Chicago Billy Preston sat on his mother’s couch in Dallas, shaking his head in disbelief. Kansas had just been eliminated by Oregon in the Elite Eight, and Preston – the top recruit in the Jayhawks’ 2017 class – was in shock. All season long, he’d watched his future teammates drain big shots and rally back from deficits. But on Saturday in Kansas City, Mo., Kansas went cold at the worst possible time and was taken out of the NCAA Tournament.
As soon as the game ended, Preston began firing off texts. He messaged Josh Jackson and other players on the 2016-17 team, telling them they had a great season, despite the final outcome. He hit up other prospects in the Jayhawks’ recruiting class. And he reached out to Bill Self and assistant Kurtis Townsend, who had been recruiting Preston since the prospect was in eighth grade, to let them know he respected the effort the team showed until the clock hit zeros.
A few days later, Preston stood in the concourse of the United Center, where he is set to play Wednesday in the 40th annual McDonald’s All-American Game. KU’s defeat still feels like a fresh wound, but the 6-foot-10, 230-pound Preston was looking forward. He’s confident that the loss to Oregon can be the building block for an even brighter future in Lawrence.
“It was a great season, we fought hard, that showed we had a lot of fight and heart inside of us,” said Preston. “With that being said, I want to bring that same competitiveness next year.”
If the Jayhawks are going to have another deep NCAA Tournament run in 2018, Preston may be playing a big role. A California native, Preston has moved around a lot, attending five high schools in three different states over the past four years. As a senior this past year at Oak Hill Academy in Mouth of Wilson, Va., the same school that produced players such as Carmelo Anthony and former KU star Ben McLemore, Preston averaged 15.3 points and 9.2 rebounds per game. Despite having the size of a traditional power forward, Preston plays a modern game, and is equally comfortable on the perimeter as he is banging bodies in the lane.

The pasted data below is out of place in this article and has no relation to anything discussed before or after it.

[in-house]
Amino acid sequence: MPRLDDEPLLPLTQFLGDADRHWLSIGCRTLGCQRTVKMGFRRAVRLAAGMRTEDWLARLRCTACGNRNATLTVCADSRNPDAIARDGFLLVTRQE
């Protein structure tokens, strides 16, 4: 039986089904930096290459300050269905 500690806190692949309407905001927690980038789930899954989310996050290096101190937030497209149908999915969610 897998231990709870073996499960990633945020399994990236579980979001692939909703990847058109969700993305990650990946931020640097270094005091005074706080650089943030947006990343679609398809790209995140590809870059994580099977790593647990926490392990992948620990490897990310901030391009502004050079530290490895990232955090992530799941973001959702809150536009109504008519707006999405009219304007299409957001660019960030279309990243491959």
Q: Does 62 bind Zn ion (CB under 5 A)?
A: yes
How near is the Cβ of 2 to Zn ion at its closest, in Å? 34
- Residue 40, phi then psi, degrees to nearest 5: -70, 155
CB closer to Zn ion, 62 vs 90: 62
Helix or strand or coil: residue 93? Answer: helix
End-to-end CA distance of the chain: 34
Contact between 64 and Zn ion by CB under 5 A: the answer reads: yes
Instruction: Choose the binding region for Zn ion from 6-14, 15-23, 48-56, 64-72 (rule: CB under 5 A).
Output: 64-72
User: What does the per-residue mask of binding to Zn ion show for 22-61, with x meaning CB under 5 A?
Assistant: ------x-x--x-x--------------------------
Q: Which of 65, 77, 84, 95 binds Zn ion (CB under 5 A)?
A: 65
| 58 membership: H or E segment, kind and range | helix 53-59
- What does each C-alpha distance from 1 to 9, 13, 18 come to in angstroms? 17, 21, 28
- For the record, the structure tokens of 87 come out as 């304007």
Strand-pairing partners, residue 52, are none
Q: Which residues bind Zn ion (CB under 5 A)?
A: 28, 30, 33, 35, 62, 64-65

He may be asked to take the spot in the lineup likely to be vacated by Jackson, who is projected as a top pick in this June’s NBA Draft. When asked to compare their games, Preston said they have similar versatility and are both able to play all over the floor.
“I’m very versatile. I can do a little bit of everything, just like (Jackson),” Preston said. “Bringing the ball up, rebounding, low post scoring, being on the wing. Shooting shots on the perimeter, shooting inside shots, just all-around game. Plus I know Kansas is going to make me more explosive.”
In the two practices leading up to Wednesday’s all-star game, Preston has had to show his versatility on both ends of the floor. The West team that Preston plays for has five prospects that stand 6-foot-10 or taller, so every drill has been a battle. Preston has shown his ability to score over lengthy defenders with a smooth jump shot and an array of post moves. Meanwhile, on defense, he battles hard, using his long wingspan to protect the rim against big men.
As the only Kansas commit here, Preston also serves as a recruiter for the Jayhawks. His main target is the top-rated point guard in the country, Trevon Duval, a Delaware native who played at IMG Academy in Bradenton, Fla. Duval is down to five finalists – Kansas, Duke, Seton Hall, Arizona and Baylor – and Preston is doing everything he can to bring Duval with him to Lawrence in the fall.
“I’ve been in his ear since I hopped off the plane, so I’m definitely trying to convince him,” Preston said of his work on Duval. “He’s a great player, a dude I want to play with, so that’s probably the number one guy. But at the end of the day it’s his decision. I can only have an input.”
With or without the top point guard by his side, Preston is ready to get going with the Jayhawks, thinking of the possibilities of a great year ahead.
“I’m ready to have an exciting season, win some games,” Preston said. “Definitely want to make the tournament and definitely want to do similar things Kansas did this year, just go a little bit further. Advance to the Final Four, go to the next round and win the championship.”